ICRISAT Launches Research Facility

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The International Crops Research Institute for the Semi-Arid Tropics (ICRISAT) has launched its first public agricultural research facility to lower time and cost of crop varietal development.

The development, according to a statement by ICRISAT, was to modernise crop breeding and shorten the six to seven-year window of plant breeding.
Tagged, ‘Rapid Generation Advancement,’ (RapidGen) would accelerate plant lifecycle in light, temperature and humidity-controlled conditions.

The organisation, said presently, breeding a new crop variety takes about a decade or more, with six or seven years spent in seasonal generational advancements to arrive at the elite lines that go for testing and release as varieties.

The Director General, ICRISAT, Dr Peter Carberry said, “Climate and exponential population growth have to be considered for rapid development of improved food crops is essential.
“But we also need to look at what has been achieved to sustain food security and achieve nutrition security.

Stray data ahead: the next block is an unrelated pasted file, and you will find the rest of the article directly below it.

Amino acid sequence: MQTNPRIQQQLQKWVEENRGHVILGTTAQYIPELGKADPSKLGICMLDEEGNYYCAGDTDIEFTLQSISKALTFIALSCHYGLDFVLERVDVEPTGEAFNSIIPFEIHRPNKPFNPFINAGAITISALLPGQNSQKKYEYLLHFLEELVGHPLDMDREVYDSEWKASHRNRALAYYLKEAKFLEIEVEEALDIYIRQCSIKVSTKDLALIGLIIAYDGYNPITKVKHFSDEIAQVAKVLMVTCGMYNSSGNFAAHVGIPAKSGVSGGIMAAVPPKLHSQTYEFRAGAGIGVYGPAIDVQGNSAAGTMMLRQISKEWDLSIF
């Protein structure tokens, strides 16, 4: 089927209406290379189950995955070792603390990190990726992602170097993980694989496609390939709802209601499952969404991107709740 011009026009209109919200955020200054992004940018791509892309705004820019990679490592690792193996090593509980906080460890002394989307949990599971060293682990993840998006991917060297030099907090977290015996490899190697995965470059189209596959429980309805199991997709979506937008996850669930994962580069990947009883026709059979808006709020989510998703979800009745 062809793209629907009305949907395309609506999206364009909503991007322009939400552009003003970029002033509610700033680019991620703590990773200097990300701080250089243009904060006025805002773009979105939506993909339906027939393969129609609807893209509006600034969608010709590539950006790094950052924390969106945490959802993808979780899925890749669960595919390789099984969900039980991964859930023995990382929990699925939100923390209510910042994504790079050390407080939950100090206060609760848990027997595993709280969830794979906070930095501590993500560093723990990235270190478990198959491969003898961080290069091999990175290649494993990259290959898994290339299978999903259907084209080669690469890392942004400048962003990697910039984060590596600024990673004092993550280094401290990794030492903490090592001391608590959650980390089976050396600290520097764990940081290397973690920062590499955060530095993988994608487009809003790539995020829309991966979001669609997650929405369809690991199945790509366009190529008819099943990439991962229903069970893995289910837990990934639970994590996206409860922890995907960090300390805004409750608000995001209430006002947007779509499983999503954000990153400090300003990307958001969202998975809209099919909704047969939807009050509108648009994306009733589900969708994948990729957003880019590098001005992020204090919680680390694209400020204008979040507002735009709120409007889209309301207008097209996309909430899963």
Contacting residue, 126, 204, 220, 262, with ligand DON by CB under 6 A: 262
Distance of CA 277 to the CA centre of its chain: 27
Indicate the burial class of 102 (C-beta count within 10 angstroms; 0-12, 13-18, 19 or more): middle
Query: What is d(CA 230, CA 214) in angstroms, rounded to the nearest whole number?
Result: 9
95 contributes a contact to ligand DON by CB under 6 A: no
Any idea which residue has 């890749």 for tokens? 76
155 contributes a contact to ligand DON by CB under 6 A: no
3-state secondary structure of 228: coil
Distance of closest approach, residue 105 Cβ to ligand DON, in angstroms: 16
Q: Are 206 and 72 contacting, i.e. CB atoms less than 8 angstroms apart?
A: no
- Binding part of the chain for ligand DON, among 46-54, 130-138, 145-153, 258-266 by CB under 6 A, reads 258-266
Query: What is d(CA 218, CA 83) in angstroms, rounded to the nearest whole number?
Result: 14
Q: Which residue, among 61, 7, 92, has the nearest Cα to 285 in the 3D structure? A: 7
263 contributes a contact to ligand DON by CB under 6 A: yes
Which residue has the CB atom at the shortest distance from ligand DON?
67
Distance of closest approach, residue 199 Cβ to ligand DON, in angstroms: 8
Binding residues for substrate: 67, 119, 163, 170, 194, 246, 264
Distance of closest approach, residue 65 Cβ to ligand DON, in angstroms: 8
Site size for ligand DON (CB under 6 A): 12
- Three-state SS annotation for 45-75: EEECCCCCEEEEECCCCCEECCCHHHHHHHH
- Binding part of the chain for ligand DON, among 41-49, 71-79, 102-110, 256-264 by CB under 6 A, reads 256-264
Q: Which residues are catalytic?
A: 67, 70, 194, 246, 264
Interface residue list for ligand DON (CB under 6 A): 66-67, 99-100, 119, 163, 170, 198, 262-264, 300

“With facilities like RapidGen, crop breeders can overcome the limitations of seasons and photoperiod to develop the elite generations in fraction of the time and cost it would take if done in fields,” he noted

RapidGen comprises three installations—testbed optimisation chambers, lighting controlled greenhouse bays, and a temperature-regulated light deprivation polyhouse.

Depending on the crop and the requirements of breeding programs, researchers could scale-up their activities in either controlled greenhouse bays or in the polyhouse facility after using the testbeds for protocol development.

Largest of the three installations, the polyhouse couln be used for over 30,000 crosses in one go. Each of the installations are equipped to finely regulate temperature, light and humidity.

According to the Global Head-Breeding, ICRISAT, Dr. Jan Debaene, “Through RapidGen, we are attempting to herald a new era of breeding in agriculture research systems across the world. Moving forward, rapid cycling will be integrated with early generation testing using advanced technologies to take further advantages of modern methods to increase genetic gains.”